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Innovation Spaces in Asia

Innovation Spaces in Asia

Entrepreneurs, Multinational Enterprises and Policy

Edited by Maureen McKelvey and Sharmistha Bagchi-Sen

Innovation Spaces in Asia provides insight into how and why Asia is poised to impact global innovation. Asia is undergoing rapid developments in markets, sources of technology and user preferences. A key characteristic of the book is the rich empirical understanding of the dynamic processes, involving the strategic decisions of firms and entrepreneurs with the broader socio-economic environment in terms of institutions, markets, knowledge and innovation systems. Innovation spaces are analyzed within Asian countries and firms, from Asia to the world, and from the world to Asian countries.

Chapter 15: The internationalization of innovation: off-shoring home-base nnovative processes in software to a host-nation innovation system

Olof Zaring

Subjects: asian studies, asian business, asian innovation and technology, business and management, asia business, entrepreneurship, international business, organisational innovation, economics and finance, evolutionary economics, geography, economic geography, innovation and technology, asian innovation, organisational innovation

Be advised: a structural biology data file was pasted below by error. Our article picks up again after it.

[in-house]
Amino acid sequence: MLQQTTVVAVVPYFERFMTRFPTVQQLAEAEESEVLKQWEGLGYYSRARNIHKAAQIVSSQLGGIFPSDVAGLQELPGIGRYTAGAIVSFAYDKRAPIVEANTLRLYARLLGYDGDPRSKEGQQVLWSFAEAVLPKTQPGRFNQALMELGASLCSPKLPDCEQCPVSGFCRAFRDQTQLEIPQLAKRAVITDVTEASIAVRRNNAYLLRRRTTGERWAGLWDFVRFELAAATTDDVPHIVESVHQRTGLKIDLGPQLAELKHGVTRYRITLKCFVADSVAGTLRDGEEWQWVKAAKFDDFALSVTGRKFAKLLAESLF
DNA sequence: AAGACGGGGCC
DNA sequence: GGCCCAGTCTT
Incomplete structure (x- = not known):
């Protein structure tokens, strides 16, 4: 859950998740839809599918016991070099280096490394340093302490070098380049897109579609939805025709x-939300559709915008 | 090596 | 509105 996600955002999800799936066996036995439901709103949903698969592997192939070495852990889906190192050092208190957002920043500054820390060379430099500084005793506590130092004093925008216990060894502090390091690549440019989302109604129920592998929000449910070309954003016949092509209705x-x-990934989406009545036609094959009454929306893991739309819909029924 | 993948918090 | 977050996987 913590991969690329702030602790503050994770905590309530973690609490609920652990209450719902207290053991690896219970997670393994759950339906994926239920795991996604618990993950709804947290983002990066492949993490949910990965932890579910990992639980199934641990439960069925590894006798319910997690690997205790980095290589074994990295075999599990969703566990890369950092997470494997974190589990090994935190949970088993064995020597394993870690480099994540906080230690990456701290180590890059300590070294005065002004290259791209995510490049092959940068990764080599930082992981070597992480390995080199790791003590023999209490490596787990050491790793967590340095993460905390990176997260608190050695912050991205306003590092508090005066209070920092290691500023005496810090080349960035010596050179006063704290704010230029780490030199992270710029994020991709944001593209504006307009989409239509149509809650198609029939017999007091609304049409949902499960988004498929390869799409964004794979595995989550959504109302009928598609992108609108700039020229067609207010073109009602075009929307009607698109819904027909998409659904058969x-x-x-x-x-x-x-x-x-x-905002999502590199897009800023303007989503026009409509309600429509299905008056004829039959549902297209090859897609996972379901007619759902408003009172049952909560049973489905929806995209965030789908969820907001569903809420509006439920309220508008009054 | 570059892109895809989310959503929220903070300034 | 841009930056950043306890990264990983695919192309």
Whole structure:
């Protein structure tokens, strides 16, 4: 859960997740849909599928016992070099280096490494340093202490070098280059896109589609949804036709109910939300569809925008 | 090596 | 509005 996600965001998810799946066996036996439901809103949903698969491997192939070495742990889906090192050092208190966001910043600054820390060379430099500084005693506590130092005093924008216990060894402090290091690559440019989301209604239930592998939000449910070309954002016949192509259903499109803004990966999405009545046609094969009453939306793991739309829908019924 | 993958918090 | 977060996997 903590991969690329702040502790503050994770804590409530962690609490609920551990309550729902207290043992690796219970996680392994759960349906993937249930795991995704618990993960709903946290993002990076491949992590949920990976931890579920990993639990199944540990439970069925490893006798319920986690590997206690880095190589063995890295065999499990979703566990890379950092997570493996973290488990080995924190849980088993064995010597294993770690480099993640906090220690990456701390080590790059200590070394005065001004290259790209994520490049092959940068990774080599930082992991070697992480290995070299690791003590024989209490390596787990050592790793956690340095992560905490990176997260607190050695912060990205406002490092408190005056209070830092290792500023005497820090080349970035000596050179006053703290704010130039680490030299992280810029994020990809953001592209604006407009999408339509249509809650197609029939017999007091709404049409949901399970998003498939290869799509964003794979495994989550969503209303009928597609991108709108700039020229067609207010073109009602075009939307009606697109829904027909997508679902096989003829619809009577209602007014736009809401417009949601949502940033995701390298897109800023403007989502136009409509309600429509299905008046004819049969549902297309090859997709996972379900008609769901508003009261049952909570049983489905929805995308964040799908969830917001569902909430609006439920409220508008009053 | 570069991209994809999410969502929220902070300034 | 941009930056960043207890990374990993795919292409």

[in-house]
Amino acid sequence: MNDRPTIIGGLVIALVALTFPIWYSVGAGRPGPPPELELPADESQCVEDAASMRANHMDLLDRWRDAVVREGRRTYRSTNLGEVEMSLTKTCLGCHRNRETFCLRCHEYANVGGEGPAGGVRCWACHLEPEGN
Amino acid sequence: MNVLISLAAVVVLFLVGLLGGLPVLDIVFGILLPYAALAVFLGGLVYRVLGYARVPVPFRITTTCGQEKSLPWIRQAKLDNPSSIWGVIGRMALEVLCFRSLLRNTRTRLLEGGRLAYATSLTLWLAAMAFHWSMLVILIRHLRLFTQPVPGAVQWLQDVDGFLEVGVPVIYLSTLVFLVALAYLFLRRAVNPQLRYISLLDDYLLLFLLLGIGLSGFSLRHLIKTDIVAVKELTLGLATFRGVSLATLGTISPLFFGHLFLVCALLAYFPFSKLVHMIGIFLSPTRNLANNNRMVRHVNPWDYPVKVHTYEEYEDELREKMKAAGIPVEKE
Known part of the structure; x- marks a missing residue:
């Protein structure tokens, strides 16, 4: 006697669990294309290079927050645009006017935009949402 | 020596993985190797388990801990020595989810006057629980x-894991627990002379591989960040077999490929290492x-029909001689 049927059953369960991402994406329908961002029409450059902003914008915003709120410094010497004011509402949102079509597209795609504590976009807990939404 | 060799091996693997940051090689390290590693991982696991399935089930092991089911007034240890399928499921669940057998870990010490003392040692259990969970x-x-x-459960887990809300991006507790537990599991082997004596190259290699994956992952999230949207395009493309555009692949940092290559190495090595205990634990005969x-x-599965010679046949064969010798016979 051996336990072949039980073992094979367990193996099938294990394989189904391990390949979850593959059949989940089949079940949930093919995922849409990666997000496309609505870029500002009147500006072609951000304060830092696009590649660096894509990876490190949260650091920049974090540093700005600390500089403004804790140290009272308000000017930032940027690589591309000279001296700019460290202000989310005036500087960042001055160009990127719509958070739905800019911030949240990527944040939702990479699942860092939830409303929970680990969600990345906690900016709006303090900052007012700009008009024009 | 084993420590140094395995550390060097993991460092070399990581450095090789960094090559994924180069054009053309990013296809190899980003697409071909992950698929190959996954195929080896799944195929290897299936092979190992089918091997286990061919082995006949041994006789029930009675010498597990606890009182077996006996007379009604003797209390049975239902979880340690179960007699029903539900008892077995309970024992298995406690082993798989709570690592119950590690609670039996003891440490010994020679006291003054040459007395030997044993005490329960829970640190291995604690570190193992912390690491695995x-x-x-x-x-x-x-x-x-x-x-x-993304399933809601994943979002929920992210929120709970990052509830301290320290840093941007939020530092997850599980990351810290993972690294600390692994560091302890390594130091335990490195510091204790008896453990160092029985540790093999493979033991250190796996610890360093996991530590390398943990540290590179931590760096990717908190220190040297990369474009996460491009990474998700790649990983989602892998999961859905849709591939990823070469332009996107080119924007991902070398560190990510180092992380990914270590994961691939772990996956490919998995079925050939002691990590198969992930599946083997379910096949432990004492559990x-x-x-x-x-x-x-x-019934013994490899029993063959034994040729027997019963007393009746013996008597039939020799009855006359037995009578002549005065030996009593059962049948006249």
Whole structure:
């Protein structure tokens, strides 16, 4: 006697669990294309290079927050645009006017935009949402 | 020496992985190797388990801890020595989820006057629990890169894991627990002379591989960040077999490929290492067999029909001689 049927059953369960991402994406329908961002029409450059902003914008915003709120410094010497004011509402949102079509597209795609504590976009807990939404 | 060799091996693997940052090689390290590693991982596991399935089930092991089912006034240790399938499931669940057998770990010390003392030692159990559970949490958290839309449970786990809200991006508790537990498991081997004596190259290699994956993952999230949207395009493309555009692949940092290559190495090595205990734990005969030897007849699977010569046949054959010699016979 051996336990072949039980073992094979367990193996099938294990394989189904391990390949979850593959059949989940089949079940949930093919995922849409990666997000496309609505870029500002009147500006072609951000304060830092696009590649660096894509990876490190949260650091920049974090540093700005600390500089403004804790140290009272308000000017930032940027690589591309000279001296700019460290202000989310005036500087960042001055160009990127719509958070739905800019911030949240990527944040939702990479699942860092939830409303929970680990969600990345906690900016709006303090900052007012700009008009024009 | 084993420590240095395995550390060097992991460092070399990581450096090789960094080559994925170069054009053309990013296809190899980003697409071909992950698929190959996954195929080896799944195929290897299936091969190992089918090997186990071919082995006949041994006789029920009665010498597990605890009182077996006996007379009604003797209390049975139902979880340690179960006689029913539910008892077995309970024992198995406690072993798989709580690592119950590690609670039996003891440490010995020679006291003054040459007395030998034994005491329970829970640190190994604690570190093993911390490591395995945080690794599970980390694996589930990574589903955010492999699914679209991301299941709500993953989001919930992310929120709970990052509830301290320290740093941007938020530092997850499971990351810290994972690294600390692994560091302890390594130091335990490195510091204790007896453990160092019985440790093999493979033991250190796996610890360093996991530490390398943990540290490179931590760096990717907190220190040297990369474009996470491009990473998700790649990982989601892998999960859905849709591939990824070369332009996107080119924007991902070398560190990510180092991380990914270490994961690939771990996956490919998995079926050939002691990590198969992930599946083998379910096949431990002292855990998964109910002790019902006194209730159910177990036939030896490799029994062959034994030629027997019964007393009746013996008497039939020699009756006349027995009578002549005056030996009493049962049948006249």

This chapter addresses the innovation space of Sri Lanka, set in the context of internationalization of outsourcing. This chapter provides a detailed description of one company over time, and complements Chapter 14. The perspective here is how, over time, the firm interacts with the national innovation system in the host nation, in such a way as to change the location of innovative activities for reasons having to do with financing, markets and crisis. Generally in the literature, the globalization of innovative activity is associated with growth of multinational (MNE) activity and in particular foreign direct investment (FDI) since 1945 (Narula and Zanfei, 2005). However, the degree and impact of internationalization differs between different regions of origin, where firms from the European Union (EU) obtain a larger share of patents from their foreign subsidiaries than their Japanese or US counterparts (Cantwell and Janne, 2000).

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